What would be a success for you?
I would love for more and more people to become devotees of photo realism. One of my great successes is being awarded a position as a gallery artist at Art Gone Wild Gallery on Duval Street in Key West. Each day, thousands of people get off the cruise ships and walk up Duval Street. Most of those people have never been exposed to photo realism. D. Arthur Wilson, the owner of the gallery, explains to these people what my art is all about, and it is amazing how many pieces of mine they sell every week. I love D. Arthur and his wife Lisa, and I love Key West and Duval Street.
What about seasoned art collectors? Are they interested in your work?
This is where I have to express my sincere appreciation to Howard Russeck, the owner of Russeck Gallery on Worth Avenue and of Russeck Gallery in Soho in Manhattan. These two galleries are filled with original oil paintings by Picasso, Joan Miro, Alexxander Calder, Wassily Kandinsky and the like, and now they also have original Doug Bloodworth paintings. I know that I certainly do not belong in a gallery of this caliber but I am thankful to Howard Russeck and Sloane Russeck that they have decided to showcase my paintings, and of course I am thankful that they have sold so many of my paintings to renowned clients.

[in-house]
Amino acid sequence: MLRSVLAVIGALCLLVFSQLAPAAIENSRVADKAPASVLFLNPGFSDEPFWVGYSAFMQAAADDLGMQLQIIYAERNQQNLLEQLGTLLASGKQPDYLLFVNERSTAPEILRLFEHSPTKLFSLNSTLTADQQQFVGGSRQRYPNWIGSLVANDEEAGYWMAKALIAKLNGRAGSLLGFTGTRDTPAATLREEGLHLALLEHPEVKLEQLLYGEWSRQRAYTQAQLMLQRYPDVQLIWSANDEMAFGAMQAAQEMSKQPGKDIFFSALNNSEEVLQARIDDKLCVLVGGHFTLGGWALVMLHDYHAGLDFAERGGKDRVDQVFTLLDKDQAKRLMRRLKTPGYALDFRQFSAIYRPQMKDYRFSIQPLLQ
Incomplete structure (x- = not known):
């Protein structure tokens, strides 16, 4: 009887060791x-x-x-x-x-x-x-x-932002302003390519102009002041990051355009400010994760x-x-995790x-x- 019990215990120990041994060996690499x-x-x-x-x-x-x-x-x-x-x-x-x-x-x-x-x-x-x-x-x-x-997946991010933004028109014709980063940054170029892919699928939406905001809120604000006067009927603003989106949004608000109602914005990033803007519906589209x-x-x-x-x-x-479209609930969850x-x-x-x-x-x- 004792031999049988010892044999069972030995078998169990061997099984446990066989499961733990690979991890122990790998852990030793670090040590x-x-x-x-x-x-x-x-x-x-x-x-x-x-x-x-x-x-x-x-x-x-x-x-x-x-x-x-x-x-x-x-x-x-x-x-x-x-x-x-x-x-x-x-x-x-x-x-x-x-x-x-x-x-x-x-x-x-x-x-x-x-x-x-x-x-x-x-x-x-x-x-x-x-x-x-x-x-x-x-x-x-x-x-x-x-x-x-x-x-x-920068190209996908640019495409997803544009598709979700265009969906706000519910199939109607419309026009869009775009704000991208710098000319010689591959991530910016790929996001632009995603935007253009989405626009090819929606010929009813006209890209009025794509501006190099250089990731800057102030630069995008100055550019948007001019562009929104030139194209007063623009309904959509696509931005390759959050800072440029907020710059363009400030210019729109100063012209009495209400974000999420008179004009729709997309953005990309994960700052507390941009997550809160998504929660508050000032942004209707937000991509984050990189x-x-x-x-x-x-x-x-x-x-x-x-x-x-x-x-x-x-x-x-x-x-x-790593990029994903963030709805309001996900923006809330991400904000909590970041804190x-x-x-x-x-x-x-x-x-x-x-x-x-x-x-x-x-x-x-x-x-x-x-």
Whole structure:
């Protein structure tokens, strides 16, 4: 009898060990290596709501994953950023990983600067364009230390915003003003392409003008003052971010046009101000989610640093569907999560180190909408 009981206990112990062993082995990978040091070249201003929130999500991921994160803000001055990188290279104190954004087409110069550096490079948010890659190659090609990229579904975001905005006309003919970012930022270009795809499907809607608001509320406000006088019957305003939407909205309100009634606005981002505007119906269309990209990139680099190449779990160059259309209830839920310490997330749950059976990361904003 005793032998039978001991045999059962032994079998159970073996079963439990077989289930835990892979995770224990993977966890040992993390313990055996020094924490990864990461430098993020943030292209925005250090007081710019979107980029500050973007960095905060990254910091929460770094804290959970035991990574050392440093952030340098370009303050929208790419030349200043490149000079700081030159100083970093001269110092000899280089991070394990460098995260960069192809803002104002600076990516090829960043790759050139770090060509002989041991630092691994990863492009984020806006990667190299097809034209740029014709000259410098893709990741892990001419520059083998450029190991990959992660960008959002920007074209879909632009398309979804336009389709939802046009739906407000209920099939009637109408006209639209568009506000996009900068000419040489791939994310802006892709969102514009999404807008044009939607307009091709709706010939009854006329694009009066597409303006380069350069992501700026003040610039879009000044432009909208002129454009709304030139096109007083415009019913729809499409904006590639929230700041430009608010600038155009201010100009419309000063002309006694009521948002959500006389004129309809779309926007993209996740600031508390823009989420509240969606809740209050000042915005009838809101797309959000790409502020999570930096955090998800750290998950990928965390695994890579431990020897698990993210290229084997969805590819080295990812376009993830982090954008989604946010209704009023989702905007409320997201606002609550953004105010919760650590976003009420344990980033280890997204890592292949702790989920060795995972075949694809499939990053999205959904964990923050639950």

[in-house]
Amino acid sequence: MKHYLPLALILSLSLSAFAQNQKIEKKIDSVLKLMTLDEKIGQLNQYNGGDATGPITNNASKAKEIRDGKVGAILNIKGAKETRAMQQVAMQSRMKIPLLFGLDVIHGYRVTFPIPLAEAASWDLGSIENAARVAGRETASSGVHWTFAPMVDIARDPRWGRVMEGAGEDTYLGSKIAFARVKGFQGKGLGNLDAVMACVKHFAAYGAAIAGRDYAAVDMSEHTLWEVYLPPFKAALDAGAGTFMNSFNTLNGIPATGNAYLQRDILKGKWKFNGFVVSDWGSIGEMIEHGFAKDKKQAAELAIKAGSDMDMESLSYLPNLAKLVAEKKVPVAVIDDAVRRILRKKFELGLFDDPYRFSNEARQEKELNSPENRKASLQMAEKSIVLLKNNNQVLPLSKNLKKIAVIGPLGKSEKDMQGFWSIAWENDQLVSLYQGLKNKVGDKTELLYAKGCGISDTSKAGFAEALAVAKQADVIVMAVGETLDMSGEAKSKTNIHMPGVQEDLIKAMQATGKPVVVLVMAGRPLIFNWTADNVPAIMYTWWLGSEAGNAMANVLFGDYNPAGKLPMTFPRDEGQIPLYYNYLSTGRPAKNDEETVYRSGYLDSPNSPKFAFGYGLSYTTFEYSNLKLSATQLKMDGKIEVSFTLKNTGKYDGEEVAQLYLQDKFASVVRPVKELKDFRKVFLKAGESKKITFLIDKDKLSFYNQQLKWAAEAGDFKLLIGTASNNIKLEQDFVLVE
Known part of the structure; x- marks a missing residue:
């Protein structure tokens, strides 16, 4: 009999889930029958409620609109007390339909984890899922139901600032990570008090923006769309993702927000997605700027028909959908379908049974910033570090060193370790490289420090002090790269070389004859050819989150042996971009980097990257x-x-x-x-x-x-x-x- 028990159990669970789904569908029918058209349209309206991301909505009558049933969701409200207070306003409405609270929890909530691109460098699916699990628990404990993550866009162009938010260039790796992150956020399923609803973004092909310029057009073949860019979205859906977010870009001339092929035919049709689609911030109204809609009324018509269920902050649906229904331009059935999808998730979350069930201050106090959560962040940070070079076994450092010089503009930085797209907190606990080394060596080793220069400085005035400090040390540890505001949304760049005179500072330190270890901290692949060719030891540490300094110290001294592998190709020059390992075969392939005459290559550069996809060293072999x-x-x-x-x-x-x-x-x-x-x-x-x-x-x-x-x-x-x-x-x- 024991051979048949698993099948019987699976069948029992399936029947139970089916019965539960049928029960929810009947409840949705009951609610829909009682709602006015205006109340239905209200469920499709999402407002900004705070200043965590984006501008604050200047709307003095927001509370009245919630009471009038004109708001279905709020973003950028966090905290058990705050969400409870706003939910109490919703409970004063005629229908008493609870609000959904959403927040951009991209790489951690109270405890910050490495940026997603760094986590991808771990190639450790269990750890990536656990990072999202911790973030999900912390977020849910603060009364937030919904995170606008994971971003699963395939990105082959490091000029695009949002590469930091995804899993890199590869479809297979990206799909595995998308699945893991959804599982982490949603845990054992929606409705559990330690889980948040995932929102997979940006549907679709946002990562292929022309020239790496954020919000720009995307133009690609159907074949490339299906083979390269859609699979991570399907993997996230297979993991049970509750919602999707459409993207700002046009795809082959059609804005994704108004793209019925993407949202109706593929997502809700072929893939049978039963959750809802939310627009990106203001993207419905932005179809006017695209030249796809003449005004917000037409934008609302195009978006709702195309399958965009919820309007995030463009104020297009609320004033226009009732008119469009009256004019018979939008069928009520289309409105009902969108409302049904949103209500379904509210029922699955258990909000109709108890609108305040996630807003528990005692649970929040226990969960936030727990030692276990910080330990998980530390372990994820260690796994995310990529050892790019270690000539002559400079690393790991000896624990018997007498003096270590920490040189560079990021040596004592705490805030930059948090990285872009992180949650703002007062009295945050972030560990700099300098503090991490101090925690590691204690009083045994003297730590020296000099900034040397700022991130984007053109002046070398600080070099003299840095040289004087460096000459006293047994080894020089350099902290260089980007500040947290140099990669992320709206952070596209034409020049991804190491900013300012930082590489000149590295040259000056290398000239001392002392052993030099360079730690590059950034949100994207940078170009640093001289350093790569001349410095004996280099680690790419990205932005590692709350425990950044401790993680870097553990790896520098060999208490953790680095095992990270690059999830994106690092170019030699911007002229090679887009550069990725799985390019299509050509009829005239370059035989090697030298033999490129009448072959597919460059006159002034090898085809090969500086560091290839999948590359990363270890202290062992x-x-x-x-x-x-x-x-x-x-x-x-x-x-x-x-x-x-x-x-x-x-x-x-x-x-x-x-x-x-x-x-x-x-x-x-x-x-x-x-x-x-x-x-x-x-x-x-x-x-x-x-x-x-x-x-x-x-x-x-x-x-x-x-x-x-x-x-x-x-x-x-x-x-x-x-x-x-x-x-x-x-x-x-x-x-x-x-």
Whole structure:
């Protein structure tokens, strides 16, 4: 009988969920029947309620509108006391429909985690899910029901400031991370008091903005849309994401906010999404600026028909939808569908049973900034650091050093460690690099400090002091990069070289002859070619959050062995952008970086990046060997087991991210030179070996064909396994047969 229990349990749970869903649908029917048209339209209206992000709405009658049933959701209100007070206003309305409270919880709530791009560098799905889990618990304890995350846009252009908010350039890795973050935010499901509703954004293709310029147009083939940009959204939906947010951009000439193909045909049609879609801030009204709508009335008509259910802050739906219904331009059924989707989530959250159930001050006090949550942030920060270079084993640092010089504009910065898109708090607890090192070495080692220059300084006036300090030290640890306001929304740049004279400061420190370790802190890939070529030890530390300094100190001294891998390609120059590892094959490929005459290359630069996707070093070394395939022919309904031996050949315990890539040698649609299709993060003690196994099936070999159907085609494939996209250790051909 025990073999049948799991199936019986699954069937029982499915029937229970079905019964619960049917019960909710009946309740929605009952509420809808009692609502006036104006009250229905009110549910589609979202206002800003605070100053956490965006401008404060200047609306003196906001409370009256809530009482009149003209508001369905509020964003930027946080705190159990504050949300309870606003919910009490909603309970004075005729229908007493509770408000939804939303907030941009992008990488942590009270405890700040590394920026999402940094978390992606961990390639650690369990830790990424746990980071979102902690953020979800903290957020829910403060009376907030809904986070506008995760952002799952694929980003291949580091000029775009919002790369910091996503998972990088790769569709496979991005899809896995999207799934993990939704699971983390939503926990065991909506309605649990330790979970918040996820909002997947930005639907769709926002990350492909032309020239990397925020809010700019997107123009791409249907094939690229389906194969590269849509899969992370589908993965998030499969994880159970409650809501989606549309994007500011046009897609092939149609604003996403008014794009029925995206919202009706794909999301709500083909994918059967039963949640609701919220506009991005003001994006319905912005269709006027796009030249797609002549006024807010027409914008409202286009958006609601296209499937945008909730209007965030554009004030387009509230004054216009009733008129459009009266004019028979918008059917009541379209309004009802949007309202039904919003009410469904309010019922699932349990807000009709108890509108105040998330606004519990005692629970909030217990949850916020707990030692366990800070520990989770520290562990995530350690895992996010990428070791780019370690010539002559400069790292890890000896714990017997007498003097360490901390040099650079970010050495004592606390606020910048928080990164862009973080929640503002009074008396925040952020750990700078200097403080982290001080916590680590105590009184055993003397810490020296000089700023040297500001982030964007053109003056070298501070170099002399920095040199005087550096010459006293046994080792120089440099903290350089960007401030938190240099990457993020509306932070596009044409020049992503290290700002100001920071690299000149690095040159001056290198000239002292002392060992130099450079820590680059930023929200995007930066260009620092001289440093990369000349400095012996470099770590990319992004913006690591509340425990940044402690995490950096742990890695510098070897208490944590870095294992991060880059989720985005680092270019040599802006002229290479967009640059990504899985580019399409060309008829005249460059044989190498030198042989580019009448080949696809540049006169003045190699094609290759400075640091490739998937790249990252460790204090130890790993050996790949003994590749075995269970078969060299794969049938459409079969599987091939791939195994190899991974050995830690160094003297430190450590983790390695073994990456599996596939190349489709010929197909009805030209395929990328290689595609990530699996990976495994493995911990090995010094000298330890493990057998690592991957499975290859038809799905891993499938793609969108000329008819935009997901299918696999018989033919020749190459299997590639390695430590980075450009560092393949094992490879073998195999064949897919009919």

How have you decided on subject matter?
My father was in the military and we moved around a lot. I was born on a United States military base in the Philippines and also spent time in Hawaii as a child. As such, I spent a lot of time watching kids’ television and reading comic books. As an adult, I love depicting these nostalgic images in my paintings. It seems to resonate with viewers as well. Recently, I was visiting the Celebrites Gallery in Maui, Hawaii, which showcases my paintings, and I overheard a couple talking about the painting with the Superman comic, the potato chips and the soft drink. The husband said, “Wow, that’s me as a kid!” And the wife bought the piece for him!
How did you learn to do what you do?